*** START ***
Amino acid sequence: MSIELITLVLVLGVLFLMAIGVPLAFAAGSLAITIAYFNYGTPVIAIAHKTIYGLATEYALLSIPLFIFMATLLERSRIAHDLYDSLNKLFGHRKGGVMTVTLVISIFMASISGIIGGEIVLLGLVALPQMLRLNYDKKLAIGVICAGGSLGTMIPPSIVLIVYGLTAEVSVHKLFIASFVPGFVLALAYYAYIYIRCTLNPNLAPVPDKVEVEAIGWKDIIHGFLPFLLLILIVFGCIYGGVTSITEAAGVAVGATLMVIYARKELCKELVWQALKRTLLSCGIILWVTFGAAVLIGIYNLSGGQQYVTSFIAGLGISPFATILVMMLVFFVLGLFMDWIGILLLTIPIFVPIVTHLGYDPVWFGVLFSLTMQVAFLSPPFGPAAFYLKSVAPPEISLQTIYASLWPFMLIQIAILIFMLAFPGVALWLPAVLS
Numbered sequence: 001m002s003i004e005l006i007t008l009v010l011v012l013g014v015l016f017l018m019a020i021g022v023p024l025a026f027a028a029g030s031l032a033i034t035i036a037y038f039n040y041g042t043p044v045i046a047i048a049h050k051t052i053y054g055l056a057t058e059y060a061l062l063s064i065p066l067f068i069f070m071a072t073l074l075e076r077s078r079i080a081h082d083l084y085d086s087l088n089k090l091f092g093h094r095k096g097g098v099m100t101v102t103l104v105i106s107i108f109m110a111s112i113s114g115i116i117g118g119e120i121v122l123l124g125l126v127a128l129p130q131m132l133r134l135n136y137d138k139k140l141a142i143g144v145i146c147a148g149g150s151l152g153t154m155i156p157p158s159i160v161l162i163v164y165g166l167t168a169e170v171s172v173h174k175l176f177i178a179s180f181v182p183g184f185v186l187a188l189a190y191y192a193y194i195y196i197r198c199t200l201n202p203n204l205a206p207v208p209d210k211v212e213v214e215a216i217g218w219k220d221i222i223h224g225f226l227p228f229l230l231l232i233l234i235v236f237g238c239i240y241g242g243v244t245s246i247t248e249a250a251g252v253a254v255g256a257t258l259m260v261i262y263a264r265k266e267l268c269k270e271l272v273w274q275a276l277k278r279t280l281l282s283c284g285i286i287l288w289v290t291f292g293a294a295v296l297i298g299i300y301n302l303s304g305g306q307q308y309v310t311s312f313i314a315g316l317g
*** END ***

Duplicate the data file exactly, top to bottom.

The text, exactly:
Amino acid sequence: MSIELITLVLVLGVLFLMAIGVPLAFAAGSLAITIAYFNYGTPVIAIAHKTIYGLATEYALLSIPLFIFMATLLERSRIAHDLYDSLNKLFGHRKGGVMTVTLVISIFMASISGIIGGEIVLLGLVALPQMLRLNYDKKLAIGVICAGGSLGTMIPPSIVLIVYGLTAEVSVHKLFIASFVPGFVLALAYYAYIYIRCTLNPNLAPVPDKVEVEAIGWKDIIHGFLPFLLLILIVFGCIYGGVTSITEAAGVAVGATLMVIYARKELCKELVWQALKRTLLSCGIILWVTFGAAVLIGIYNLSGGQQYVTSFIAGLGISPFATILVMMLVFFVLGLFMDWIGILLLTIPIFVPIVTHLGYDPVWFGVLFSLTMQVAFLSPPFGPAAFYLKSVAPPEISLQTIYASLWPFMLIQIAILIFMLAFPGVALWLPAVLS
Numbered sequence: 001m002s003i004e005l006i007t008l009v010l011v012l013g014v015l016f017l018m019a020i021g022v023p024l025a026f027a028a029g030s031l032a033i034t035i036a037y038f039n040y041g042t043p044v045i046a047i048a049h050k051t052i053y054g055l056a057t058e059y060a061l062l063s064i065p066l067f068i069f070m071a072t073l074l075e076r077s078r079i080a081h082d083l084y085d086s087l088n089k090l091f092g093h094r095k096g097g098v099m100t101v102t103l104v105i106s107i108f109m110a111s112i113s114g115i116i117g118g119e120i121v122l123l124g125l126v127a128l129p130q131m132l133r134l135n136y137d138k139k140l141a142i143g144v145i146c147a148g149g150s151l152g153t154m155i156p157p158s159i160v161l162i163v164y165g166l167t168a169e170v171s172v173h174k175l176f177i178a179s180f181v182p183g184f185v186l187a188l189a190y191y192a193y194i195y196i197r198c199t200l201n202p203n204l205a206p207v208p209d210k211v212e213v214e215a216i217g218w219k220d221i222i223h224g225f226l227p228f229l230l231l232i233l234i235v236f237g238c239i240y241g242g243v244t245s246i247t248e249a250a251g252v253a254v255g256a257t258l259m260v261i262y263a264r265k266e267l268c269k270e271l272v273w274q275a276l277k278r279t280l281l282s283c284g285i286i287l288w289v290t291f292g293a294a295v296l297i298g299i300y301n302l303s304g305g306q307q308y309v310t311s312f313i314a315g316l317g